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Discipling requires physical fitness

Insanity workout video 59ab6821
Every afternoon at 4:30 pm at the AIM office, about a dozen of our staff gather for hard workout according to the video Insanity. And I say “go for it.” I’m more of a runner, but maybe I’ll join them one of these days. Living in a sedentary world, we need to maintain our bodies in much the same w…
By Seth Barnes
Insanity workout videoEvery afternoon at 4:30 pm at the AIM office, about a dozen of our staff gather for hard workout according to the video Insanity. And I say “go for it.” I’m more of a runner, but maybe I’ll join them one of these days. Living in a sedentary world, we need to maintain our bodies in much the same way we maintain our cars. It needs to be a key part of our discipleship.
 
Discipling requires instruction about stewardship. One of the most important areas of stewardship you have is your physical body – your “earth suit” that carries around your spirit. If you believe that we are not human beings having temporary spiritual experiences, but spiritual beings having a temporary human experience, then you understand the care of your body as a resource.
 
When we disciple people, we need to help them work through this issue. Too many of us have a self-image that is tied to our weight and so, often this issue never gets addressed in a discipling relationship. We need to set that aside and just look at our habits. Poor habits can result in poor stewardship and future pain.
 
Two recent discoveries are fascinating in this regard. The first, as explained in this article, shows at a cellular level how physical exercise helps increase your mental capacity. Exercise results in the production of a protein creatively named “Noggin” that inhibits the deterioration of neurons. We tend to think of intelligence in a limited way – ability to remember facts. Psychologist Howard Gardner tells there are seven different kinds of intelligence. You can sharpen each of them through exercise.
 
The second discovery as explained by David Shenk in the WSJ, explodes the notion that we’re born with a certain, pre-determined capacity. The vast majority of us do not come close to tapping what scientists
call our “unactualized potential.” As Shenk states, “Genes are not, as was originally thought, blueprints with fixed
instructions for eye color, thumb size, mathematical quickness, musical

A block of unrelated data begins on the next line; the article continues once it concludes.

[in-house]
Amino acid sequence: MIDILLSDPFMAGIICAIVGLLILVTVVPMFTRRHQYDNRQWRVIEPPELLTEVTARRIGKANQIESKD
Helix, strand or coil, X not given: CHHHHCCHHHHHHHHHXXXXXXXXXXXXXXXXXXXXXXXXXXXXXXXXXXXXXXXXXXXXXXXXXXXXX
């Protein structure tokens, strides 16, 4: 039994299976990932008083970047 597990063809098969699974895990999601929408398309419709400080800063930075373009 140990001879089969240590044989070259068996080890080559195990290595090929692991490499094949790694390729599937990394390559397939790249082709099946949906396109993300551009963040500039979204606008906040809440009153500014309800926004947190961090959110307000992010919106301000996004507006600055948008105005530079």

sensitivity, etc. Instead, genes are more like volume knobs and switches
on a giant control board. Many of those knobs and switches can be
turned on and off at any time- by another gene or by any tiny
environmental input.” At a cellular level a lot of things impact the way DNA is transcribed into RNA – it is not a photocopying process.
 
The bottom line is, we need to get in touch with the control that God has given over our minds and our bodies. The decisions we make about lifestyle have enormous impact.
 
Now, let’s address the general trend. According to this article in the Amednews, the average American is 23 pounds overweight and “researchers found that obesity rates increased 37% between 1998 and 2006
and accounted for an 89% increase in obesity spending, or another $40
billion a year.”
 
All the extra weight is highly correlated to sickness.
And the answer is not complicated: Exercise more; stop eating sugars and starches, and especially stop drinking soda. As the article states, “Soft drinks may be among the largest
drivers of the obesity epidemic.” The sugar loads you up with extra calories that you can’t afford, and beyond that, it stresses your pancreas, which is the organ that enables your body to process sugar. Tax the pancreas too much and you get diabetes. Type 2 diabetes is soaring – it has doubled in the last decade.
 
Almost as bad are all carbs we take in, especially stuff made of white, processed flour. As Dr. Arthur Agatston explains, “Simple carbohydrates are converted by your body into sugar which causes a
spike in insulin which in turn enables the storage of fat. It also
wreaks havoc on your system as your body responds to sugar highs and
lows and cravings.”
If this hits close to home for you, you’ve got two options, change your diet and change the way you exercise. The South Beach Diet

gives you some good tools in changing your diet. Exercise is a more personal thing. It used to be a natural part of life for an agrarian and industrial society. But now that a majority of people have jobs that require little exercise, you have to make decisions about how you’re going to manage your body’s need for a good regular work-out. If you’re undisciplined or have self-image issues that keep you from addressing the matter head-on, I suggest you get help. And if you have a mesomorph body shape, you may find that half an hour or an hour of exercise a day is what you need.

 
The fact is, all of us face this issue of how to “perform regular maintenance” on our bodies. Nearly a decade ago, my doctor told me I was overweight and needed to make some changes. We all need to reflect on what it takes to be a good steward of the only physical body we’ll ever have.
 
For 20 specific steps to healthy living, read this blog post.

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